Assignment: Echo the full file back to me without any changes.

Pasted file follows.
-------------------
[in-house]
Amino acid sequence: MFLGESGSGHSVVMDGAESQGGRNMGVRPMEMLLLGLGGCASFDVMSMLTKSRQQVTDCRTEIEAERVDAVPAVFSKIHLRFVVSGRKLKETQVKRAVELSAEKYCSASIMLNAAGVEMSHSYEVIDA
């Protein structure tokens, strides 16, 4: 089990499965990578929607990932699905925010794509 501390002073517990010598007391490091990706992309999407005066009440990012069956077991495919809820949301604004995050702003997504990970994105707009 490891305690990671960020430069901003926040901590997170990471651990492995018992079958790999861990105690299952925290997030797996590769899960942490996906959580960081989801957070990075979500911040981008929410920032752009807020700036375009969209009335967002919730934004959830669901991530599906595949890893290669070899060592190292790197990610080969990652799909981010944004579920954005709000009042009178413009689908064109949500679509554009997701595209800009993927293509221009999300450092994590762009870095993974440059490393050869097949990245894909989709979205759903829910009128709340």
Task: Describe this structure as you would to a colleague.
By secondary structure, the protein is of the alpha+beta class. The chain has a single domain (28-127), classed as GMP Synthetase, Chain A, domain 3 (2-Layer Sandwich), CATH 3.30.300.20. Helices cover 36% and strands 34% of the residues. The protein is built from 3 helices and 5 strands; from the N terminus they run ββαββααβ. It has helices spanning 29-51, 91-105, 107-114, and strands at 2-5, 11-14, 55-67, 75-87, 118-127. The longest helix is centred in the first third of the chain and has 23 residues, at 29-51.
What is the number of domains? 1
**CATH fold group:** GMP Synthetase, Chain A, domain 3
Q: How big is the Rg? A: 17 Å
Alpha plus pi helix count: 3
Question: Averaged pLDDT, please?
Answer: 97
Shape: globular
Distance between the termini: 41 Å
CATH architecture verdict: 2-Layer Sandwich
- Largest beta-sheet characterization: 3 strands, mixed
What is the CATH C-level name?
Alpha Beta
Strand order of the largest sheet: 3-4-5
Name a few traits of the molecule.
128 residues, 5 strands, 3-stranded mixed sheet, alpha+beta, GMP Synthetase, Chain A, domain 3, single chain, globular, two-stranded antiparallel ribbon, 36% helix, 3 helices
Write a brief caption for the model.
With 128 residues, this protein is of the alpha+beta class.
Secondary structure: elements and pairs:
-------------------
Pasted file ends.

[in-house]
Amino acid sequence: MFLGESGSGHSVVMDGAESQGGRNMGVRPMEMLLLGLGGCASFDVMSMLTKSRQQVTDCRTEIEAERVDAVPAVFSKIHLRFVVSGRKLKETQVKRAVELSAEKYCSASIMLNAAGVEMSHSYEVIDA
């Protein structure tokens, strides 16, 4: 089990499965990578929607990932699905925010794509 501390002073517990010598007391490091990706992309999407005066009440990012069956077991495919809820949301604004995050702003997504990970994105707009 490891305690990671960020430069901003926040901590997170990471651990492995018992079958790999861990105690299952925290997030797996590769899960942490996906959580960081989801957070990075979500911040981008929410920032752009807020700036375009969209009335967002919730934004959830669901991530599906595949890893290669070899060592190292790197990610080969990652799909981010944004579920954005709000009042009178413009689908064109949500679509554009997701595209800009993927293509221009999300450092994590762009870095993974440059490393050869097949990245894909989709979205759903829910009128709340």
Task: Describe this structure as you would to a colleague.
By secondary structure, the protein is of the alpha+beta class. The chain has a single domain (28-127), classed as GMP Synthetase, Chain A, domain 3 (2-Layer Sandwich), CATH 3.30.300.20. Helices cover 36% and strands 34% of the residues. The protein is built from 3 helices and 5 strands; from the N terminus they run ββαββααβ. It has helices spanning 29-51, 91-105, 107-114, and strands at 2-5, 11-14, 55-67, 75-87, 118-127. The longest helix is centred in the first third of the chain and has 23 residues, at 29-51.
What is the number of domains? 1
**CATH fold group:** GMP Synthetase, Chain A, domain 3
Q: How big is the Rg? A: 17 Å
Alpha plus pi helix count: 3
Question: Averaged pLDDT, please?
Answer: 97
Shape: globular
Distance between the termini: 41 Å
CATH architecture verdict: 2-Layer Sandwich
- Largest beta-sheet characterization: 3 strands, mixed
What is the CATH C-level name?
Alpha Beta
Strand order of the largest sheet: 3-4-5
Name a few traits of the molecule.
128 residues, 5 strands, 3-stranded mixed sheet, alpha+beta, GMP Synthetase, Chain A, domain 3, single chain, globular, two-stranded antiparallel ribbon, 36% helix, 3 helices
Write a brief caption for the model.
With 128 residues, this protein is of the alpha+beta class.
Secondary structure: elements and pairs: